Voyage of Discovery
Looking into his father’s Merchant Navy service, DJ Wiseman discovered the wartime realities behind a few dates and mementos.
Like many family historians a point was reached in my research where the tree was reasonably complete (apart from a couple of glaring exceptions) and my interest turned to discovering more about the people’s lives, not just the BMDs. Where better to start than with my father who died in 1973, well before I had any interest in family history and also sadly before I had thought to talk at length with him about his service in the Merchant Navy during World War II.
I am lucky enough to still have his box. This wooden box has a sliding lid and is the size of a large square cake tin. It contains various mementos collected during his life, including his seaman’s Book of Continuous Certificate of Discharge (BCCD), a handful of photos, a Christmas 1939 telegram from The King, a couple of newspaper cuttings, a letter to my mother at the end of the war and a few other odds and ends.
To go with this I have a few half-remembered things that he had told the family of his life at sea :- training in gunnery on HMS President and HMS Chrysanthemum on the Thames in London; supplying the British Fleet in the Pacific; going through the Panama Canal; breaking ice from the ship’s superstructure with an axe off Newfoundland; tracking down his lost father in Vancouver; losing shipmates to U-boat torpedoes.
As a first task I set about building a time line from September 1939 to September 1945, recording everything that was at hand or was thought to be known. In this the BCCD was the essential first building block, indeed it proved to be the foundation for all that followed. This record, carried by all merchant seamen, shows each vessel on which they serve, together with the ports of signing on and off. There is also a one or two word description of the voyage. Much later, I was to discover that similar brief details are held at TNA in the Fifth Seamen’s Register (BT 382).
The timeline was expanded by carefully examining each of the mementos from the box and trying to assign a likely date and place. Two of the simpler items illustrate the point. First, a menu card from SS City of Dieppe celebrating the day that Japan finally surrendered confirmed he was at sea somewhere in the Pacific theatre in August 1945. And second, a slip of newspaper showing my father sitting in a New York hospital bed above the caption ‘Stanley Wiseman, wounded able seaman from Greenock Scotland, recuperating at Long Island College Hospital’. It was relatively simple to provisionally date this event since his BCCD showed that there was just one solitary occasion on which he had signed off a ship in New York, and that was 23rd April 1943.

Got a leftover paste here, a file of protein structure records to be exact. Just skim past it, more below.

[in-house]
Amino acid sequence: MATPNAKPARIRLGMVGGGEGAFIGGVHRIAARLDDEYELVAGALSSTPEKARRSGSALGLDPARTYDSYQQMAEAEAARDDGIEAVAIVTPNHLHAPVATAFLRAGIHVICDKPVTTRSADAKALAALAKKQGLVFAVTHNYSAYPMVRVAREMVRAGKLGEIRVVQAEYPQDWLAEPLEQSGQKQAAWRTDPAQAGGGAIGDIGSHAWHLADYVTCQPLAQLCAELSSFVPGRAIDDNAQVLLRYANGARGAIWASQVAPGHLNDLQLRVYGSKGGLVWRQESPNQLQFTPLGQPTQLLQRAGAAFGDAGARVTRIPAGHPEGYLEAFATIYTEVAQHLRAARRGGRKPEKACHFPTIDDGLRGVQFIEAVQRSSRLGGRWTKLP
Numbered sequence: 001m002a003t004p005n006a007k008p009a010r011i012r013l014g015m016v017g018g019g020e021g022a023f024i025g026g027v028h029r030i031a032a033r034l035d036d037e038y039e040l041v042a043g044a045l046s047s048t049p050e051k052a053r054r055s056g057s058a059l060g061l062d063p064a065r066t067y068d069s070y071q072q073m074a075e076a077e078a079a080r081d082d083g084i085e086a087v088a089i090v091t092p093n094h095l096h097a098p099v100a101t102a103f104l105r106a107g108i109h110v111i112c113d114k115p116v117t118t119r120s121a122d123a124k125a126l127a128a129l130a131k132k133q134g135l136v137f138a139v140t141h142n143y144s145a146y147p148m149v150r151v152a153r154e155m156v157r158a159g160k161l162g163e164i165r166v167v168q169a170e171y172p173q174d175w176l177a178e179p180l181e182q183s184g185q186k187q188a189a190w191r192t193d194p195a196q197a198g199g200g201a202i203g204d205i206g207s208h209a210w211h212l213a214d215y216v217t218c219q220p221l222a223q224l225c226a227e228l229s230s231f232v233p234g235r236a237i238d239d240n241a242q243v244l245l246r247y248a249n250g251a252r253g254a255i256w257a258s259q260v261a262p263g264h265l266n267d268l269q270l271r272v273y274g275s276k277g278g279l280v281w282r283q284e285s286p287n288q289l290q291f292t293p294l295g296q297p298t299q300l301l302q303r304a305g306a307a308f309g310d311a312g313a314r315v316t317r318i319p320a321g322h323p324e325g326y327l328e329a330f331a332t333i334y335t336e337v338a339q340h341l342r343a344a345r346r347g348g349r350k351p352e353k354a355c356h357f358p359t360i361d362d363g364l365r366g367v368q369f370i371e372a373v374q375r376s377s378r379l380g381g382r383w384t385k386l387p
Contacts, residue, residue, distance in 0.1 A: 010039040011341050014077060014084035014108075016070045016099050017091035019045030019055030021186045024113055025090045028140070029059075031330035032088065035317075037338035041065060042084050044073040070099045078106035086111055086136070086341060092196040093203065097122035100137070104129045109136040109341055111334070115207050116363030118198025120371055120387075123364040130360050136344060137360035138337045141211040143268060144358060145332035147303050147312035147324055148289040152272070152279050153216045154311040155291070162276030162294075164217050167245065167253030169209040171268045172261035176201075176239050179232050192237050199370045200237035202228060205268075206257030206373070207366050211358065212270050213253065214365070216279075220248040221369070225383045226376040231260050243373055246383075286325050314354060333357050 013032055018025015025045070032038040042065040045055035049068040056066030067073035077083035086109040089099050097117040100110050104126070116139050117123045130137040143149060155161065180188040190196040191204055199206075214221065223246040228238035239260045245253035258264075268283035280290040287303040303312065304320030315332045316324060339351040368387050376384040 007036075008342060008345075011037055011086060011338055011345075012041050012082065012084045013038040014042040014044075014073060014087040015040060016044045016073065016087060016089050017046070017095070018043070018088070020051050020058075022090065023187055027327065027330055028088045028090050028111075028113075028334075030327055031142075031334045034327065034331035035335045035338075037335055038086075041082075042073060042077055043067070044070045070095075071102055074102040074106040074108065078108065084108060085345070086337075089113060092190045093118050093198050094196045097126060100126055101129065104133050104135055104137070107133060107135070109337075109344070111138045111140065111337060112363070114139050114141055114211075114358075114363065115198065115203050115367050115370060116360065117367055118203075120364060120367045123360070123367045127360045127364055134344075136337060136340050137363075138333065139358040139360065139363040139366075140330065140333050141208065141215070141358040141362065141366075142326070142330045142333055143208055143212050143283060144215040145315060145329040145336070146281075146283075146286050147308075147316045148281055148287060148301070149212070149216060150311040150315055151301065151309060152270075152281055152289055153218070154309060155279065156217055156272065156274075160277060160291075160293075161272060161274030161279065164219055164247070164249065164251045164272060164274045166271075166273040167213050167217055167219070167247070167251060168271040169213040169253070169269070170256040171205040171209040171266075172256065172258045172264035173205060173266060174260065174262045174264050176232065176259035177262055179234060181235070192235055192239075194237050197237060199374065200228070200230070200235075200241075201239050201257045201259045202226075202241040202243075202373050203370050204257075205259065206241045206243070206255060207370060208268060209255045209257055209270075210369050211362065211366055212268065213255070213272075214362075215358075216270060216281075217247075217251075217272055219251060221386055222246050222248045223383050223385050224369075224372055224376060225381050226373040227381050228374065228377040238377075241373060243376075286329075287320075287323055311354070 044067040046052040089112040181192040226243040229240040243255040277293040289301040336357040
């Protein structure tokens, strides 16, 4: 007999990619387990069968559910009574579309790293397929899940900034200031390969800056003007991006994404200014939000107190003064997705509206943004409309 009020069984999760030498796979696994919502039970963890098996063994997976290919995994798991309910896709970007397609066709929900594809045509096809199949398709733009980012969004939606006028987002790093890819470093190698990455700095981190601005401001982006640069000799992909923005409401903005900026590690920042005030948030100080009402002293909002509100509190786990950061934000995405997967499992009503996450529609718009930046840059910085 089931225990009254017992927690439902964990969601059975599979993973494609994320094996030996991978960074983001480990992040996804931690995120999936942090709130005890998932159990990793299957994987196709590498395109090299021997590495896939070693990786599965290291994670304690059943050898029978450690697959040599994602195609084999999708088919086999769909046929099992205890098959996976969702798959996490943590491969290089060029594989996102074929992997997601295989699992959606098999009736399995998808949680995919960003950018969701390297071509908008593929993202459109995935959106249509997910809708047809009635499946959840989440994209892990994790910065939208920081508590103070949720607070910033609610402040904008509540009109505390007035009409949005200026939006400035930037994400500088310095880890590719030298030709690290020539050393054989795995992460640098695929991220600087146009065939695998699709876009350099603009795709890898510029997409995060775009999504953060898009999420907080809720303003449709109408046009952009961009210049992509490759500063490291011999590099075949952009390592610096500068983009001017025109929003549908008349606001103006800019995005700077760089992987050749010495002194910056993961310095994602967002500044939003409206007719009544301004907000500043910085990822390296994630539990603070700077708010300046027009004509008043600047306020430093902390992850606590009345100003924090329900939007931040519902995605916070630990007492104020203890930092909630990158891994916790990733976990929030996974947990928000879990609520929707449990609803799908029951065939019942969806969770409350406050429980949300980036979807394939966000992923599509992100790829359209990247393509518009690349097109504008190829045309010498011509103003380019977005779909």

Some time during this process of trying to track the vessels and their voyages through mainly internet sources, I discovered that WWII merchant seamen were entitled to medals according to their service and theatre of war, just as members of the armed forces were. I felt sure that my father had no such medals, since I had never seen or heard of them. Indeed, up to that moment I had the impression that merchant seamen had no medal entitlement. It was all the more astonishing to find a little later that any medals to which my father might have been entitled could still be claimed by his children, 62 years after they would normally have been awarded. After a family consultation with my sister in Maryland USA it was agreed that if possible we should go ahead and try and establish his medal entitlement.
I learned from the Marine and Coastguard Agency (MCA) that to have such a claim considered they would need proof of my father’s dates of service on each vessel from the seamen’s register plus details of each voyage that he served on. Each voyage! My heart sank. The details shown in the BCCD were as brief as ‘Foreign’ and ‘OHMS’. But help was at hand. The MCA pointed me to TNA and BT 389. This is a massive card index of each shipping movement from 1939 to 1946. These cards are stored in heavy boxes, thousands of cards to a box, all laced together with treasury tags. They are very difficult to handle and to photograph. Some ships changed their names over the years and tracking them can be difficult. But they do hold the vital information needed plus a good deal more in the way of convoy numbers and small incidents such as breakdowns and local emergencies. Or at least, that was the theory.
After many months of part time research I was left with a near completed time line that had only two gaps. The first was a two day voyage from Liverpool to Cardiff on the ‘Kaituna’ in September 1943 which was insignificant in the overall scheme. The second was far more important. The shipping movement card for the City of Dieppe at TNA had no entries on it beyond September 1943. That left two whole years unaccounted for, apart from a loose certificate of discharge from the same ship which showed the voyage as ‘OHMS’. That and the menu card from the celebration meal on 14th August 1945 ‘at sea with the British Pacific Fleet Train’.